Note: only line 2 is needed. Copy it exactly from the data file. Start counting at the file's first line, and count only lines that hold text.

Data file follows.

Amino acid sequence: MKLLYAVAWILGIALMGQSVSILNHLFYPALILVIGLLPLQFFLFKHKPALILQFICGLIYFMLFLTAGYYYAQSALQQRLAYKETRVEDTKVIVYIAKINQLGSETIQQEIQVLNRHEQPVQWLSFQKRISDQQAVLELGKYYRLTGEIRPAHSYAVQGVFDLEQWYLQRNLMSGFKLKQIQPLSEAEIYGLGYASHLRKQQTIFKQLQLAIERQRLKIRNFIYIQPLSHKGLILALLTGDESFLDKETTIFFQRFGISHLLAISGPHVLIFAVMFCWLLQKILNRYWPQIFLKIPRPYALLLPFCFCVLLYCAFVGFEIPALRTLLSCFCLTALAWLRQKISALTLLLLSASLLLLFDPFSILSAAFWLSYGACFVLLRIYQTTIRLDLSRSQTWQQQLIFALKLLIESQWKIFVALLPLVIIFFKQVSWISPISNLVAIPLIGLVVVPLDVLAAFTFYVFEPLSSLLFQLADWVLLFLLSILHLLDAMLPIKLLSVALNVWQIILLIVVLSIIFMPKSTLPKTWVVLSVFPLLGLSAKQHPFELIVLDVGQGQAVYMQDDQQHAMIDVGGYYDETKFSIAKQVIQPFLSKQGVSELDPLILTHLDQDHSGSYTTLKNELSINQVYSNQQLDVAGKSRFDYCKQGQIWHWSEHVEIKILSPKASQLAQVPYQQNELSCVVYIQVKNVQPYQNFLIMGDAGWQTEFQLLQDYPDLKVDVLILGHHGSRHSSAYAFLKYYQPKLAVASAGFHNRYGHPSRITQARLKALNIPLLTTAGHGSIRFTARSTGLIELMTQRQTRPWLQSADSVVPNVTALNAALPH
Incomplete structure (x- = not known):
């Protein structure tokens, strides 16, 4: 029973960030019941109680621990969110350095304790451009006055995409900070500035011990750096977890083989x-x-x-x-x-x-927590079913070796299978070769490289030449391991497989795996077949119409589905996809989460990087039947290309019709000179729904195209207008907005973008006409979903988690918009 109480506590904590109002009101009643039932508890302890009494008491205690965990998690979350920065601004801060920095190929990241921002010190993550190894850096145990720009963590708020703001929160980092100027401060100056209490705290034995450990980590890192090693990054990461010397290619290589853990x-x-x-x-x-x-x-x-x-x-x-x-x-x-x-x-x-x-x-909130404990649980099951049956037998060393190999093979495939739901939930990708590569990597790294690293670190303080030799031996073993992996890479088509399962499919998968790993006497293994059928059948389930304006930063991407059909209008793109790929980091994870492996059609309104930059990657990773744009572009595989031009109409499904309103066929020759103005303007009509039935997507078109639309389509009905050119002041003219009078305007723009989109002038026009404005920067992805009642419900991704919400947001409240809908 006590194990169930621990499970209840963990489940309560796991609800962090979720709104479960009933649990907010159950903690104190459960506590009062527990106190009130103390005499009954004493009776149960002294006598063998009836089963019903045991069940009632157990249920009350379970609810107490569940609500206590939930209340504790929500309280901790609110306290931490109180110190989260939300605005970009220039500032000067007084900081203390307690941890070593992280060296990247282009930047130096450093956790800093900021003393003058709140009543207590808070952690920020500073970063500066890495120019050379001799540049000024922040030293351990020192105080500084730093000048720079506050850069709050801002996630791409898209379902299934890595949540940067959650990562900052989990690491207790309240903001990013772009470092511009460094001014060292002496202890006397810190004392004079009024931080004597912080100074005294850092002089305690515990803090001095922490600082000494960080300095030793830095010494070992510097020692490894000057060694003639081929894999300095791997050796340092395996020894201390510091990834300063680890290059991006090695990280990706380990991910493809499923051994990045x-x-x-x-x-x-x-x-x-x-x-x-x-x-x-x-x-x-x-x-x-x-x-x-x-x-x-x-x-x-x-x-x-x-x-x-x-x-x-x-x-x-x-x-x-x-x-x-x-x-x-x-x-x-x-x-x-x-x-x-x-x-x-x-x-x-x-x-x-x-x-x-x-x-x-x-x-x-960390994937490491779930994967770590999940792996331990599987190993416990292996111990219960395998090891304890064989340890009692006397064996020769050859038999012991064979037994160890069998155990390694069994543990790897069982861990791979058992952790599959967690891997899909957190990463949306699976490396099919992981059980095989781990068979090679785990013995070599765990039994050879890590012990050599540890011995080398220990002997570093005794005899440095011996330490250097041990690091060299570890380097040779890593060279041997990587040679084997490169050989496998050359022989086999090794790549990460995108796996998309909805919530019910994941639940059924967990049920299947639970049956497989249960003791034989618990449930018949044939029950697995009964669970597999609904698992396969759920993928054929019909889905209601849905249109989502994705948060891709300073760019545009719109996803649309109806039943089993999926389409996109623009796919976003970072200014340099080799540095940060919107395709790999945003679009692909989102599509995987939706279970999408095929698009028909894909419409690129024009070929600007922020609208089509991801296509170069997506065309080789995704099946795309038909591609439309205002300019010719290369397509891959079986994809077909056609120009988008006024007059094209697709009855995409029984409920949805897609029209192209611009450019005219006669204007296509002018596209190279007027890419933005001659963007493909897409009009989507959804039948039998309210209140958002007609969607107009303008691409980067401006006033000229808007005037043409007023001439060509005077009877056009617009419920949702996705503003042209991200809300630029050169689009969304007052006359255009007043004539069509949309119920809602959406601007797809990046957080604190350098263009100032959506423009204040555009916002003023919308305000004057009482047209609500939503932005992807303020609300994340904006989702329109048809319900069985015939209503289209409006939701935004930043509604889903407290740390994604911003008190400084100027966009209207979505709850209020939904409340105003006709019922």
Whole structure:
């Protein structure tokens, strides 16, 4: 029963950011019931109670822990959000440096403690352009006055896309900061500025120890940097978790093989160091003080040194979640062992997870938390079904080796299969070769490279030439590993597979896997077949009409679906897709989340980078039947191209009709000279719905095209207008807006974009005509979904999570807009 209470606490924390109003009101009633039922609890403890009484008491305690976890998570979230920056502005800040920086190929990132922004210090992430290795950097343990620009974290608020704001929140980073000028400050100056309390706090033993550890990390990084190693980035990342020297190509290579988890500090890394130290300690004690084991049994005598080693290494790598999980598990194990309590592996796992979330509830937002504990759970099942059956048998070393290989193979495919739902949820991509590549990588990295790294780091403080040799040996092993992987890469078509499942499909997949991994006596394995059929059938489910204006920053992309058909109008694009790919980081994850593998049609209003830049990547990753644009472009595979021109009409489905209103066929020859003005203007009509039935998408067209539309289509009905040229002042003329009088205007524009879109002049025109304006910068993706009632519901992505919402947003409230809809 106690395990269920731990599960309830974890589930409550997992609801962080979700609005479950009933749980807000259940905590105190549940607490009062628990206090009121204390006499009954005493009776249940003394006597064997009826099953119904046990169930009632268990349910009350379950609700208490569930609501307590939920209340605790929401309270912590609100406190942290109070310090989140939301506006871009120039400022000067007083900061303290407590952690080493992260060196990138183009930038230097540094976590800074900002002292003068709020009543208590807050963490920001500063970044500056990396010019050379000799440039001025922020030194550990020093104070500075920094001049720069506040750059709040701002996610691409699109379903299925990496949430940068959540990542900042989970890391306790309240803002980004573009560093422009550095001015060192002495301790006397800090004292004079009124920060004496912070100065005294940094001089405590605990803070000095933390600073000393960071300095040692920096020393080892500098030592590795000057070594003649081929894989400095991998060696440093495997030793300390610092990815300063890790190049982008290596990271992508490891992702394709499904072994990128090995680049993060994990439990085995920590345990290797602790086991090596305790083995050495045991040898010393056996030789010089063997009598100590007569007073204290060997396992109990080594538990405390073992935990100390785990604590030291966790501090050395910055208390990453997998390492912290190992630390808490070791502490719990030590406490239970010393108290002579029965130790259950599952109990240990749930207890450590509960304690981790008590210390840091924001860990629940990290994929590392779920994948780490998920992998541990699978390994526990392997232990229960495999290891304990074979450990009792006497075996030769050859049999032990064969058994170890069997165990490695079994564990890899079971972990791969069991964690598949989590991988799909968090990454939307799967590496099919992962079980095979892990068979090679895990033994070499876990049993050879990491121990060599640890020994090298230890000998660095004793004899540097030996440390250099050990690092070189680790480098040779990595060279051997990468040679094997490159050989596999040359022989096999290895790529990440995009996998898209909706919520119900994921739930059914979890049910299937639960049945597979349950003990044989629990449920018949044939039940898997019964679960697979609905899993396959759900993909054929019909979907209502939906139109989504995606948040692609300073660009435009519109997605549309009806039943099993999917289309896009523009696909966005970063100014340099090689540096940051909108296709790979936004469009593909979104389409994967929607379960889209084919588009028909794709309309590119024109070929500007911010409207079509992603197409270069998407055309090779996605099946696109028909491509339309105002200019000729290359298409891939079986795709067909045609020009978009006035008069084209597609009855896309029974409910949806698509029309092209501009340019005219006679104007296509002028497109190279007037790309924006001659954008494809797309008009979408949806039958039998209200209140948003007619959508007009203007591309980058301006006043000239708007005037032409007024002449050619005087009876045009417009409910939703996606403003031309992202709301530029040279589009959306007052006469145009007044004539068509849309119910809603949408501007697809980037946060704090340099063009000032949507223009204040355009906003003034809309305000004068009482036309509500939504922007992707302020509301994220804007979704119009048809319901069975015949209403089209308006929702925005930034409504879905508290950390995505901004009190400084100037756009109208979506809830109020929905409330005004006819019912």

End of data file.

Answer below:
Incomplete structure (x- = not known):